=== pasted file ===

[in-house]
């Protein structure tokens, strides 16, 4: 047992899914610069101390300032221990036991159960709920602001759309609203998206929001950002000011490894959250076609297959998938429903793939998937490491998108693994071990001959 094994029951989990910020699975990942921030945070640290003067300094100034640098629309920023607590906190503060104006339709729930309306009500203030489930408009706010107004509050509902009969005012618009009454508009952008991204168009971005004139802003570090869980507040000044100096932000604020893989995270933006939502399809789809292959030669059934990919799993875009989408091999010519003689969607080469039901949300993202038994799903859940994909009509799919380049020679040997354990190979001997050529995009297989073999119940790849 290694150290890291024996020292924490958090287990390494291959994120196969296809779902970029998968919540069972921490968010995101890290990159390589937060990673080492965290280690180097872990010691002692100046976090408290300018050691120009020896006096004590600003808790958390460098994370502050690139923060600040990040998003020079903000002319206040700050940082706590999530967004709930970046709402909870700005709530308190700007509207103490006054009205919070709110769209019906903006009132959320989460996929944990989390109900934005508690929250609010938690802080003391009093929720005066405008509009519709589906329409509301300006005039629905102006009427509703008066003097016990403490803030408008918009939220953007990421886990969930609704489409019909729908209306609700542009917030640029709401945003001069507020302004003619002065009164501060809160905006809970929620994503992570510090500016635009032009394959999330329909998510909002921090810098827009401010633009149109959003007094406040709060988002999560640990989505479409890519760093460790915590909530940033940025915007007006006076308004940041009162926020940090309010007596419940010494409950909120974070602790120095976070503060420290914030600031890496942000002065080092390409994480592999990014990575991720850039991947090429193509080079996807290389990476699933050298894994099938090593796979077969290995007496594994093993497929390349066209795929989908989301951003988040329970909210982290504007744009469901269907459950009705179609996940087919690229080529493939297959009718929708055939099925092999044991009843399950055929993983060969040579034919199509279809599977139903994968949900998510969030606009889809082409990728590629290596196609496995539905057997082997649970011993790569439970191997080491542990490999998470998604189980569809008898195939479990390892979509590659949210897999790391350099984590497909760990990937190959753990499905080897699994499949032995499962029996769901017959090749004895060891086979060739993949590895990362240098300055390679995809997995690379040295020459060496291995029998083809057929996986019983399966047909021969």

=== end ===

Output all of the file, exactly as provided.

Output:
[in-house]
């Protein structure tokens, strides 16, 4: 047992899914610069101390300032221990036991159960709920602001759309609203998206929001950002000011490894959250076609297959998938429903793939998937490491998108693994071990001959 094994029951989990910020699975990942921030945070640290003067300094100034640098629309920023607590906190503060104006339709729930309306009500203030489930408009706010107004509050509902009969005012618009009454508009952008991204168009971005004139802003570090869980507040000044100096932000604020893989995270933006939502399809789809292959030669059934990919799993875009989408091999010519003689969607080469039901949300993202038994799903859940994909009509799919380049020679040997354990190979001997050529995009297989073999119940790849 290694150290890291024996020292924490958090287990390494291959994120196969296809779902970029998968919540069972921490968010995101890290990159390589937060990673080492965290280690180097872990010691002692100046976090408290300018050691120009020896006096004590600003808790958390460098994370502050690139923060600040990040998003020079903000002319206040700050940082706590999530967004709930970046709402909870700005709530308190700007509207103490006054009205919070709110769209019906903006009132959320989460996929944990989390109900934005508690929250609010938690802080003391009093929720005066405008509009519709589906329409509301300006005039629905102006009427509703008066003097016990403490803030408008918009939220953007990421886990969930609704489409019909729908209306609700542009917030640029709401945003001069507020302004003619002065009164501060809160905006809970929620994503992570510090500016635009032009394959999330329909998510909002921090810098827009401010633009149109959003007094406040709060988002999560640990989505479409890519760093460790915590909530940033940025915007007006006076308004940041009162926020940090309010007596419940010494409950909120974070602790120095976070503060420290914030600031890496942000002065080092390409994480592999990014990575991720850039991947090429193509080079996807290389990476699933050298894994099938090593796979077969290995007496594994093993497929390349066209795929989908989301951003988040329970909210982290504007744009469901269907459950009705179609996940087919690229080529493939297959009718929708055939099925092999044991009843399950055929993983060969040579034919199509279809599977139903994968949900998510969030606009889809082409990728590629290596196609496995539905057997082997649970011993790569439970191997080491542990490999998470998604189980569809008898195939479990390892979509590659949210897999790391350099984590497909760990990937190959753990499905080897699994499949032995499962029996769901017959090749004895060891086979060739993949590895990362240098300055390679995809997995690379040295020459060496291995029998083809057929996986019983399966047909021969």